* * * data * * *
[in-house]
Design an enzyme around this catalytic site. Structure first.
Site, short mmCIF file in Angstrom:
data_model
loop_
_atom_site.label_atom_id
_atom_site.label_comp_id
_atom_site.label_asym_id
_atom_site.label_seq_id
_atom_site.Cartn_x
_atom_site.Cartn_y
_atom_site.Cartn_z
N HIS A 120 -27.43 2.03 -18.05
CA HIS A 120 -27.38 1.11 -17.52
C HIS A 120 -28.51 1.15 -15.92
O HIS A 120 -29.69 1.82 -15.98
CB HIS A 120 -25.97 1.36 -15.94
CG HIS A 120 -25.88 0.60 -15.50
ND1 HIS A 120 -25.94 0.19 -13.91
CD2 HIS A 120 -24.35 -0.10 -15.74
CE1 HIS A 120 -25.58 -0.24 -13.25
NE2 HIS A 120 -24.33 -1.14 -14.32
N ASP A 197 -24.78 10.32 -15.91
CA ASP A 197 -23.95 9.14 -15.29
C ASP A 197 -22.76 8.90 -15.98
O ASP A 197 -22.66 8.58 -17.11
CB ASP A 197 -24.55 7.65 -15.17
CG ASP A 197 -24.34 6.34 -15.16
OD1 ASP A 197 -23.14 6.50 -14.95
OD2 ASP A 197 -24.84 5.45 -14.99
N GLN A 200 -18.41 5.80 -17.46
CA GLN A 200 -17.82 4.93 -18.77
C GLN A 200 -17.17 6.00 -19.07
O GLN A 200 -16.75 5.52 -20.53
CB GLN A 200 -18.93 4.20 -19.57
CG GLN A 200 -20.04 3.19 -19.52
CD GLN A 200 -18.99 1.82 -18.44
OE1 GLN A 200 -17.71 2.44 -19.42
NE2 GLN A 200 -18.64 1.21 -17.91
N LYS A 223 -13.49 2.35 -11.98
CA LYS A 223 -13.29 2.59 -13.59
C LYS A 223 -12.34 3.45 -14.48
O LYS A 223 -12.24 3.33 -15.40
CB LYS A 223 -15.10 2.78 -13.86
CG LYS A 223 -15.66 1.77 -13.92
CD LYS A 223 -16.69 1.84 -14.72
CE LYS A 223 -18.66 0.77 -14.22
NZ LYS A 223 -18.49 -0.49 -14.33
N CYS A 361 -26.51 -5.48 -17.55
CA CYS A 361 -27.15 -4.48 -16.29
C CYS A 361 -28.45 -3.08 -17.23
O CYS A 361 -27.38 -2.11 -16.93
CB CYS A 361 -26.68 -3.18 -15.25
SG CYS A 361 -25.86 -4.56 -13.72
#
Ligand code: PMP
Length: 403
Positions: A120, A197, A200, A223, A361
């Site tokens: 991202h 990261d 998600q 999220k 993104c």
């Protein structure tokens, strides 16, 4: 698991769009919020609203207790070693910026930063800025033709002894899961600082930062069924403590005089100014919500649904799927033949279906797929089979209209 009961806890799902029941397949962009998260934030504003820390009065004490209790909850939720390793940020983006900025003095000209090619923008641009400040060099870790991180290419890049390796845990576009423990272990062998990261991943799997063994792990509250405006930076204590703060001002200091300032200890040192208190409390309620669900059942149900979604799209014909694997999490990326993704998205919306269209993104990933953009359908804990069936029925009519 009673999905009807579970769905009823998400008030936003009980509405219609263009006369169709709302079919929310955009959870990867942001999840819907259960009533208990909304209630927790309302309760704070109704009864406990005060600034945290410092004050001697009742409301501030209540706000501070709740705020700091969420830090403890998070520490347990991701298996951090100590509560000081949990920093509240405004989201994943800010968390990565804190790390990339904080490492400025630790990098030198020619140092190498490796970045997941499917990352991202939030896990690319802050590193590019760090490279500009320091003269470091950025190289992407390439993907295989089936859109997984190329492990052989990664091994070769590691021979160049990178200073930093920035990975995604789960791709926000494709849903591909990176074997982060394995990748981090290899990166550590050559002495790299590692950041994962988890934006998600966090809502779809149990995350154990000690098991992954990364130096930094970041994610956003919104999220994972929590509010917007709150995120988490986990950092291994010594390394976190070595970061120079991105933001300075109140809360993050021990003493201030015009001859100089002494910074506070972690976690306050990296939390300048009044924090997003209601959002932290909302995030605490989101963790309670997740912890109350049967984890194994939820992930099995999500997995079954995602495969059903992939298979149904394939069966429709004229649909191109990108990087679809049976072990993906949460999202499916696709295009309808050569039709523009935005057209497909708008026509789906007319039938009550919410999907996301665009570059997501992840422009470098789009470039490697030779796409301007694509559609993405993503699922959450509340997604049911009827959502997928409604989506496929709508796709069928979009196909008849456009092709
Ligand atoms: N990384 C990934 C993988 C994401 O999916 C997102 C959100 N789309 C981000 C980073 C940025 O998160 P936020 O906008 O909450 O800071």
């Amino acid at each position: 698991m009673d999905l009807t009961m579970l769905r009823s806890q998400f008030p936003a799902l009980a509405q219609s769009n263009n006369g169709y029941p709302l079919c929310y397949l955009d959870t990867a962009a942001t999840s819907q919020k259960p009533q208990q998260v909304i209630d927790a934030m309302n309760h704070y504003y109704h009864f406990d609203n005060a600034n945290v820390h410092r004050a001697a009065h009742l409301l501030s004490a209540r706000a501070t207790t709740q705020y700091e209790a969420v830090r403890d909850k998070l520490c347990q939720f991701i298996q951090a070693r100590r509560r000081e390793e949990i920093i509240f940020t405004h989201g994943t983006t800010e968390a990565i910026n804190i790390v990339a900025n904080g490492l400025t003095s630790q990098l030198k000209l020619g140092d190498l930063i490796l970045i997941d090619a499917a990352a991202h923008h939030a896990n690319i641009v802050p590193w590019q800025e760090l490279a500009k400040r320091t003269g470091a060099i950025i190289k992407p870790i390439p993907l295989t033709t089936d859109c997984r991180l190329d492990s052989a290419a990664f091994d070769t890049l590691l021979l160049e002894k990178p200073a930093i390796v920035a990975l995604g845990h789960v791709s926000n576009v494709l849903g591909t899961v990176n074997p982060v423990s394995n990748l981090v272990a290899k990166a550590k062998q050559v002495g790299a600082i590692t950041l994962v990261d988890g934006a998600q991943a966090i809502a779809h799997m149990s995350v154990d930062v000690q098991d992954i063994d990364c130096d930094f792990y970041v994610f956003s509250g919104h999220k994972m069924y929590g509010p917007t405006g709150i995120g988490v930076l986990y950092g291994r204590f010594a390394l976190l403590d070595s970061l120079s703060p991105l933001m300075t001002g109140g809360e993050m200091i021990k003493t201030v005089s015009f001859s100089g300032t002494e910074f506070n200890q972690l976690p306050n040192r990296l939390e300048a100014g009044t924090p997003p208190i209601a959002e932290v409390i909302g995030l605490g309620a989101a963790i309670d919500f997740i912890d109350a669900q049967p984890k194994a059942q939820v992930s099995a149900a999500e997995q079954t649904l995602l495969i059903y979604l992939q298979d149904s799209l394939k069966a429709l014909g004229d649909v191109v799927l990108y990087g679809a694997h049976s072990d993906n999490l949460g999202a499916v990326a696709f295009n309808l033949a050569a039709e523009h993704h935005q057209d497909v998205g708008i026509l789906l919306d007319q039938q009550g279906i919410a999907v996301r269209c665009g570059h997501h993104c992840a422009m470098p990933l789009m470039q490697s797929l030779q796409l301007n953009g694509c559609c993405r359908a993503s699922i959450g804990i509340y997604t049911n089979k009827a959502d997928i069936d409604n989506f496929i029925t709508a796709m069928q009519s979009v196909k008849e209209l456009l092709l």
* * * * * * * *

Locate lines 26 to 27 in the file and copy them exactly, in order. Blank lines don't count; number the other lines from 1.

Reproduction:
O ASP A 197 -22.66 8.58 -17.11
CB ASP A 197 -24.55 7.65 -15.17